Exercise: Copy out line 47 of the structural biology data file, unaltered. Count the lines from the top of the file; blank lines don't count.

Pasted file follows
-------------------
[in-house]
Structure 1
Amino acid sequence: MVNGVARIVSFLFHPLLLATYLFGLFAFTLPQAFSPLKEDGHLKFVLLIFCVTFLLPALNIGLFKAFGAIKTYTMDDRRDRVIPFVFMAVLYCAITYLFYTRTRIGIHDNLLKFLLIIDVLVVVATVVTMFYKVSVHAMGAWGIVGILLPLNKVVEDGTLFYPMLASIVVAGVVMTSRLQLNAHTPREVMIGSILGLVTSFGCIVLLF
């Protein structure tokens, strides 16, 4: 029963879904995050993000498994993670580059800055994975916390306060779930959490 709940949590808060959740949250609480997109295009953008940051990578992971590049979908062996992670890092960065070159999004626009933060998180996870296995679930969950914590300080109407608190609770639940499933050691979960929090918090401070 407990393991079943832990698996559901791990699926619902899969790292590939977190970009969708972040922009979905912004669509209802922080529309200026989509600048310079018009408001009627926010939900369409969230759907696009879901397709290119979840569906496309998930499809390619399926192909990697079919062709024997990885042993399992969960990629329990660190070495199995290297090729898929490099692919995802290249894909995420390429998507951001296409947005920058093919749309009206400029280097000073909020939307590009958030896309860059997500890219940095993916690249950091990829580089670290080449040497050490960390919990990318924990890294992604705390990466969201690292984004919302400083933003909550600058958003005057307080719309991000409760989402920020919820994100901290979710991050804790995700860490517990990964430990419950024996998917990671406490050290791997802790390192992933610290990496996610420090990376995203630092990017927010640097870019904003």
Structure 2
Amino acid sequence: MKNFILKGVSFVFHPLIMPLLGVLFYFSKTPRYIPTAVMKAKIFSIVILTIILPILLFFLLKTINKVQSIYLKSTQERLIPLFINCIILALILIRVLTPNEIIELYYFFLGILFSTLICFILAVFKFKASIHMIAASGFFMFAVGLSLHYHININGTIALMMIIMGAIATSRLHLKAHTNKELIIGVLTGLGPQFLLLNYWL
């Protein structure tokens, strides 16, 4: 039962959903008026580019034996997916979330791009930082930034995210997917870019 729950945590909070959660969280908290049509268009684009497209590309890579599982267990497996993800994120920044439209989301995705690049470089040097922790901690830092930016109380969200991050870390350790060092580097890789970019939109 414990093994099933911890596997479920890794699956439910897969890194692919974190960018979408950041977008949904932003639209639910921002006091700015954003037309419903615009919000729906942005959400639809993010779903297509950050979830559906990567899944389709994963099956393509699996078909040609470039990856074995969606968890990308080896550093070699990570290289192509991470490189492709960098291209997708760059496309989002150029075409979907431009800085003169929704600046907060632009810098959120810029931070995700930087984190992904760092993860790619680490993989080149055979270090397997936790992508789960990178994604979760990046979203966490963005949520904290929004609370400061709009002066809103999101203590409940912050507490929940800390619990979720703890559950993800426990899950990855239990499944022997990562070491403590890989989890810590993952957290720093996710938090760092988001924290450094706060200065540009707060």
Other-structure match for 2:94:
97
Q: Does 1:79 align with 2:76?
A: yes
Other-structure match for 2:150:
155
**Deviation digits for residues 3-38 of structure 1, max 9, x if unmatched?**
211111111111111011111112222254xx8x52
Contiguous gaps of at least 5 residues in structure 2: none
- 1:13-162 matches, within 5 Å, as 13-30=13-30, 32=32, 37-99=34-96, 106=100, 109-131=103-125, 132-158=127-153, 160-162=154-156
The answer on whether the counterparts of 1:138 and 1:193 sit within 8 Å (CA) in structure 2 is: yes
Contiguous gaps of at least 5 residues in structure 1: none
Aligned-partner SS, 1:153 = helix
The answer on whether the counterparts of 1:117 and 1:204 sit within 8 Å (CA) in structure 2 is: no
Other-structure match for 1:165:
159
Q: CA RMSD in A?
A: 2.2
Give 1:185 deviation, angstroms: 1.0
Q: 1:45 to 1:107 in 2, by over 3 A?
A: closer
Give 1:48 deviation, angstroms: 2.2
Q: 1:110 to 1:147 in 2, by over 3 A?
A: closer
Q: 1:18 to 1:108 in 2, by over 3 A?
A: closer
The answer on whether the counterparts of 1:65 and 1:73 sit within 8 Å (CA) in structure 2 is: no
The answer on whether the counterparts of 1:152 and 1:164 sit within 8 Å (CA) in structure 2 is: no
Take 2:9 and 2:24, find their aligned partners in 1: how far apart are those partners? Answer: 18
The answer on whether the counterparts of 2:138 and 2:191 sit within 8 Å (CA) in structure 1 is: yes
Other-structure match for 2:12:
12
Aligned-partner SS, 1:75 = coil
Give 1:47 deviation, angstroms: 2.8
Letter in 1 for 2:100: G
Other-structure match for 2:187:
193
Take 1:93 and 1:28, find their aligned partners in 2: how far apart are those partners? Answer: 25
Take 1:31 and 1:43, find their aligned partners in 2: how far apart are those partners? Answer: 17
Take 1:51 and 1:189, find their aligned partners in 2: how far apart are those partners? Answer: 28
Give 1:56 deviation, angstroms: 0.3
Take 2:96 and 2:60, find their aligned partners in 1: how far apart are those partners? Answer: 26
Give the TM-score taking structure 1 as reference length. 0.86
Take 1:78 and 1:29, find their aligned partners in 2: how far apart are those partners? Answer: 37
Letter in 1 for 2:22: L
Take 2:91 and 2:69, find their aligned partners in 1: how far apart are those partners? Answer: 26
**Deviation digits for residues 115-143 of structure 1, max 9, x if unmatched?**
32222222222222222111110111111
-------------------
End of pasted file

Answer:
Take 1:51 and 1:189, find their aligned partners in 2: how far apart are those partners? Answer: 28